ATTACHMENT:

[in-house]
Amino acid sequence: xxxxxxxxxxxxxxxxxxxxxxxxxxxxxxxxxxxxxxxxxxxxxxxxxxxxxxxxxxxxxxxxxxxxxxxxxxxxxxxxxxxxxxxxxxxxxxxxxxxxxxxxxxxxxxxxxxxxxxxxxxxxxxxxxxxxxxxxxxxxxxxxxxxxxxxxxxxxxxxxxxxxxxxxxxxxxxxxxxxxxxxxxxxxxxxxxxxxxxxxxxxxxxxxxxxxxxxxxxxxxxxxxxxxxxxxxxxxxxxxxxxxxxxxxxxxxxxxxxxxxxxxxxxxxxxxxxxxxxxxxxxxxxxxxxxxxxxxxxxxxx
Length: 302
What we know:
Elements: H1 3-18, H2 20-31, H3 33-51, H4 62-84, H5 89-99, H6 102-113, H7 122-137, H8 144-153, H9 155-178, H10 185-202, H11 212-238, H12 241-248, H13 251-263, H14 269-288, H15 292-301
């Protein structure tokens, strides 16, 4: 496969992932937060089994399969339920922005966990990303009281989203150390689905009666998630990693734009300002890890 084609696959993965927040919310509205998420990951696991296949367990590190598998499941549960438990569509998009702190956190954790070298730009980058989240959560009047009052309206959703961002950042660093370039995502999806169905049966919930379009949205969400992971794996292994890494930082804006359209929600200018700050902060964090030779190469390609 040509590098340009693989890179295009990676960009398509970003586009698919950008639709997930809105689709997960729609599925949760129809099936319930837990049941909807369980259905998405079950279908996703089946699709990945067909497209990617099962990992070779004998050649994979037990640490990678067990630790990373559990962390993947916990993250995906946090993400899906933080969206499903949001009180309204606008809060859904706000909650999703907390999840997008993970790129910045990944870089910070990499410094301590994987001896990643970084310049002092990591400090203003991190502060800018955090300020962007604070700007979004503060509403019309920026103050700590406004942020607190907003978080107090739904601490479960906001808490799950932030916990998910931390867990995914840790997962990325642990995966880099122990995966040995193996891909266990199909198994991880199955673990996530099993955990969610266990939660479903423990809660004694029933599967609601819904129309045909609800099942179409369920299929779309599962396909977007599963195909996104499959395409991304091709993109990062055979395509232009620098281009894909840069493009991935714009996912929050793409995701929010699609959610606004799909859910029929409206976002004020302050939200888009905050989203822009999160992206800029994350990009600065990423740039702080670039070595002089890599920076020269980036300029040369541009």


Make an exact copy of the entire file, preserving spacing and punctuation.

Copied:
[in-house]
Amino acid sequence: xxxxxxxxxxxxxxxxxxxxxxxxxxxxxxxxxxxxxxxxxxxxxxxxxxxxxxxxxxxxxxxxxxxxxxxxxxxxxxxxxxxxxxxxxxxxxxxxxxxxxxxxxxxxxxxxxxxxxxxxxxxxxxxxxxxxxxxxxxxxxxxxxxxxxxxxxxxxxxxxxxxxxxxxxxxxxxxxxxxxxxxxxxxxxxxxxxxxxxxxxxxxxxxxxxxxxxxxxxxxxxxxxxxxxxxxxxxxxxxxxxxxxxxxxxxxxxxxxxxxxxxxxxxxxxxxxxxxxxxxxxxxxxxxxxxxxxxxxxxxxx
Length: 302
What we know:
Elements: H1 3-18, H2 20-31, H3 33-51, H4 62-84, H5 89-99, H6 102-113, H7 122-137, H8 144-153, H9 155-178, H10 185-202, H11 212-238, H12 241-248, H13 251-263, H14 269-288, H15 292-301
């Protein structure tokens, strides 16, 4: 496969992932937060089994399969339920922005966990990303009281989203150390689905009666998630990693734009300002890890 084609696959993965927040919310509205998420990951696991296949367990590190598998499941549960438990569509998009702190956190954790070298730009980058989240959560009047009052309206959703961002950042660093370039995502999806169905049966919930379009949205969400992971794996292994890494930082804006359209929600200018700050902060964090030779190469390609 040509590098340009693989890179295009990676960009398509970003586009698919950008639709997930809105689709997960729609599925949760129809099936319930837990049941909807369980259905998405079950279908996703089946699709990945067909497209990617099962990992070779004998050649994979037990640490990678067990630790990373559990962390993947916990993250995906946090993400899906933080969206499903949001009180309204606008809060859904706000909650999703907390999840997008993970790129910045990944870089910070990499410094301590994987001896990643970084310049002092990591400090203003991190502060800018955090300020962007604070700007979004503060509403019309920026103050700590406004942020607190907003978080107090739904601490479960906001808490799950932030916990998910931390867990995914840790997962990325642990995966880099122990995966040995193996891909266990199909198994991880199955673990996530099993955990969610266990939660479903423990809660004694029933599967609601819904129309045909609800099942179409369920299929779309599962396909977007599963195909996104499959395409991304091709993109990062055979395509232009620098281009894909840069493009991935714009996912929050793409995701929010699609959610606004799909859910029929409206976002004020302050939200888009905050989203822009999160992206800029994350990009600065990423740039702080670039070595002089890599920076020269980036300029040369541009």